June 25, 2019 | Updates

Shalala: 2020 Hopefuls ‘Have Had Trouble Defending’ Medicare For All

WASHINGTON – As South Florida prepares to host the first Democratic presidential primary debates of the 2020 election cycle this week, the Miami Herald reports that the current field of presidential hopefuls’ proposals on issues like health care are “at odds with the messaging local lawmakers and Democrats want to hear,” including Rep. Donna Shalala (D-Fla.):

Rep. Donna Shalala, who fended off a well-funded primary challenge from her left in 2018 and who has held eight town halls around her Miami-based district over the past two months, hasn’t noticed a leftward shift among her constituents since the 2020 race began at the beginning of this year …  “I have not been for Medicare for all and I think all the candidates have had trouble defending their position.  I’m pretty pragmatic.  There are 29 million people that don’t have health insurance.  We need to get them covered,” Shalala said.  “In Florida in particular, the place where they are going to be, the state has not extended Medicaid, which means there are working-class people that do not have access to healthcare.  That’s important to the people of Miami.”   Shalala emerged victorious from a five-way primary last year in which she was attacked from the left by a well-funded challenger who campaigned on Medicare for all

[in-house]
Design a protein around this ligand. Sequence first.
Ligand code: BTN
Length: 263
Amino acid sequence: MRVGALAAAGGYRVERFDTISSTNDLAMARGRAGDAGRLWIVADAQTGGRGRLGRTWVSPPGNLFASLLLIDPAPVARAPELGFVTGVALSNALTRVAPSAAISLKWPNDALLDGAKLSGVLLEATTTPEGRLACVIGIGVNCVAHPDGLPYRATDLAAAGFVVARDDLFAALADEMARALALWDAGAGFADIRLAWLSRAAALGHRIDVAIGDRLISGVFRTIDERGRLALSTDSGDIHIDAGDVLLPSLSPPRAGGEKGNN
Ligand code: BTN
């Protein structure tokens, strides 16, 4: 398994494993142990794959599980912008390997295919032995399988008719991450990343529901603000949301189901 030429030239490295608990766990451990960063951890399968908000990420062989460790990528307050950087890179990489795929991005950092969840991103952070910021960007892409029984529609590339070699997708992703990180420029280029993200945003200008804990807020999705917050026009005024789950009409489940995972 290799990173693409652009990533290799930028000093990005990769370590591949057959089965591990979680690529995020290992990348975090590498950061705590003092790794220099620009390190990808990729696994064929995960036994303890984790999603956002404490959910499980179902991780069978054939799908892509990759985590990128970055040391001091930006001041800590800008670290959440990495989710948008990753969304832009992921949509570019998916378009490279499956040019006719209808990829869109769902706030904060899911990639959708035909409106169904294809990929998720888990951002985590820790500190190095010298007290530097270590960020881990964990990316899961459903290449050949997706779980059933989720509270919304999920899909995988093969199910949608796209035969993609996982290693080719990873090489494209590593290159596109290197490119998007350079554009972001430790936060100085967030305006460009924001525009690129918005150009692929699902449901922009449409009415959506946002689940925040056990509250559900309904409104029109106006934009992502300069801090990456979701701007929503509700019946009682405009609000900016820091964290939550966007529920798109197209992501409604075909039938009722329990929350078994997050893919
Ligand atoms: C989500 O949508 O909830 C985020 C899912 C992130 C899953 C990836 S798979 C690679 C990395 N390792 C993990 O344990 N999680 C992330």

Just weeks ago, Rep. Shalala explained that her constituents tell her they want to keep their private coverage, not be pushed into a one-size-fits-all government-run system under Medicare for all:

REP. SHALALA: “…Out of my own experience and out of what my constituents tell me – they want to keep their private health insurance.  They do not necessarily want to go into a government program.  For those people who have very good private health insurance, they don’t want to go to a lesser program.  Medicare is not as good as many of the private insurance plans we currently have … But, more importantly, why should we spend money when people have good private health insurance?  We need to cover those who don’t have coverage now.”

And while some 2020 White House hopefuls are pivoting away from Medicare for all to so-called “moderate” fallback proposals – such as “public option” or “Medicare buy-in” – these proposed government insurance schemes would ultimately lead to the same result Americans reject: a one-size-fits-all health care system run by Washington that forces families to pay more to wait longer for worse care.



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